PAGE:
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peopleCare Brings Internationally Educated Nurses to Meaford LTC

March 23, 2023

It has always been Kerl Ocampo’s dream to live and work in Canada.

On a cold winter’s day this February, he saw his dream come to life as his plane landed in Ontario. Born in the tropical Philippines, one of the first things Ocampo did was reach down to pick up some snow.

Kerl Ocampo at Meaford LTC

Kerl Ocampo at Meaford LTC.

“It was my first time seeing it,” he says. “It was amazing to feel it in my hands!”

Ocampo is the first of 30 internationally educated nurses (IENs) that peopleCare has hired to join the team and provide care at our new Meaford long-term care (LTC) Home.

So far, three IENs have completed orientation and are settling into their new roles. As we support them in completing the required 450 clinical hours to qualify for their nursing license in Ontario, all will practice as personal support workers (PSWs), providing personal care and help with activities of daily living for our residents.

With Ontario facing health human resource challenges, creating and contributing to sustainable solutions is a peopleCare priority. Bringing IENs on board is a key element of our overall plan to increase our staff complement as we continue to build and redevelop new and larger LTC Homes.

Aligned with local partnerships and strategies to welcome and retain IENs – which set them up for long-term success so they can make a life here in Canada – solutions like these also have the potential to become new leading practices for recruitment in LTC.

Working with community partners, peopleCare is helping connect the IENs with government, social and newcomer services and supports. Not to mention local spiritual and service clubs and organizations based on their interests.

“I’m looking forward to getting involved with the local church community,” says Ocampo. “I want to raise my future children here.”

Krisma Tactay (left) and Ruzel Tria at Meaford LTC.

Krisma Tactay (left) and Ruzel Tria at Meaford LTC.

Ruzel Tria, who arrived earlier this month, also hopes to make a life for her family in Ontario.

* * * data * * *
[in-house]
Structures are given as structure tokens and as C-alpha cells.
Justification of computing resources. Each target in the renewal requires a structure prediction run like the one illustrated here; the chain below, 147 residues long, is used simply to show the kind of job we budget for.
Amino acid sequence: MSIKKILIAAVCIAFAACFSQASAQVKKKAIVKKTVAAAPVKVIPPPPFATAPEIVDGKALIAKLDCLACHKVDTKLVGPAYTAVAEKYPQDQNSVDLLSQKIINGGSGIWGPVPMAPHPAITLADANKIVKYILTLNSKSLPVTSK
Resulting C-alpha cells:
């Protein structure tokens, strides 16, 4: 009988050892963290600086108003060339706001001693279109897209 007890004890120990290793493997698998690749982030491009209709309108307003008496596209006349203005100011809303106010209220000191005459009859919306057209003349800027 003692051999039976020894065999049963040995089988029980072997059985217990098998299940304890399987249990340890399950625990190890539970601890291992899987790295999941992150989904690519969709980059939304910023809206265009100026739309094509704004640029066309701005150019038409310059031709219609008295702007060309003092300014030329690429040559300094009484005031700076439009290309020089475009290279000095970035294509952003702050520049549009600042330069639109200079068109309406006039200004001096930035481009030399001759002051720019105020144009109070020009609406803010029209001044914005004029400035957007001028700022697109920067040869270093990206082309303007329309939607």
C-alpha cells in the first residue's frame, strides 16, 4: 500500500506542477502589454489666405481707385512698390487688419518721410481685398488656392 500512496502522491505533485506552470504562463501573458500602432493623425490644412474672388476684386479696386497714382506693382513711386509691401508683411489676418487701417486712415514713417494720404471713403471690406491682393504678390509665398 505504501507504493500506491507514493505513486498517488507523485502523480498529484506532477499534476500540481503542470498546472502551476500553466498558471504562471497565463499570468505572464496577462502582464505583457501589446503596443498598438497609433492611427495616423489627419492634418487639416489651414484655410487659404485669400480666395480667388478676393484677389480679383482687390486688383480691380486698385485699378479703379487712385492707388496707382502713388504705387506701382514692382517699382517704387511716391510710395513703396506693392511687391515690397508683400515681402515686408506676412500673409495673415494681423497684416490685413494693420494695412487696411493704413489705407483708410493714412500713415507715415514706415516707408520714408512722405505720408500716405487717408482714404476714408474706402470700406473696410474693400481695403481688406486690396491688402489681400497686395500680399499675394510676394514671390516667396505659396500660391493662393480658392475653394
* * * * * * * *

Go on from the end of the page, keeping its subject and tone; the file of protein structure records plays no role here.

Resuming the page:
“I’m doing this for my nine-year-old daughter,” says Tria. “I’m a single mom – my mother is taking care of her until, hopefully, someday I can bring her over. They’re all rooting for me.”

Krisma Tactay says her family played a big part in her decision to take the opportunity with peopleCare. The big move was immediately worth it for Tactay when visited her sister in Toronto just days after arriving in Meaford.

“We reunited after five years of being apart,” she says. “She was the one who paid my college fees to become a nurse. I’m so happy we can see each other in Canada now.”

More IENs will continue to arrive in Meaford throughout the Spring. Some have LTC experience, while others offer unique backgrounds in psychiatric nursing, ICU bedside care, radiology and other crucial areas of healthcare.

Bethany Rupp, Executive Director at Meaford LTC, says that in addition to being well-educated, experienced and caring, the IENs have a positive attitude, and are willing to jump in and learn. They’re also proving to be amazing assets in providing great care to our residents.

“I’ve heard nothing but positive feedback about these newest team members from everyone here at the Home.”

Recognizing the housing shortage in southern Ontario, especially in rural communities, peopleCare has arranged temporary housing in one location nearby the LTC Home. Living together is making it easier for the IENs to support one another as they adjust. They have even established a Facebook group to connect with the IENs who are yet to arrive.

“It’s awesome to see them fitting in so well,” says Rupp. “They already feel like a part of the team, as if they’ve been here for years.”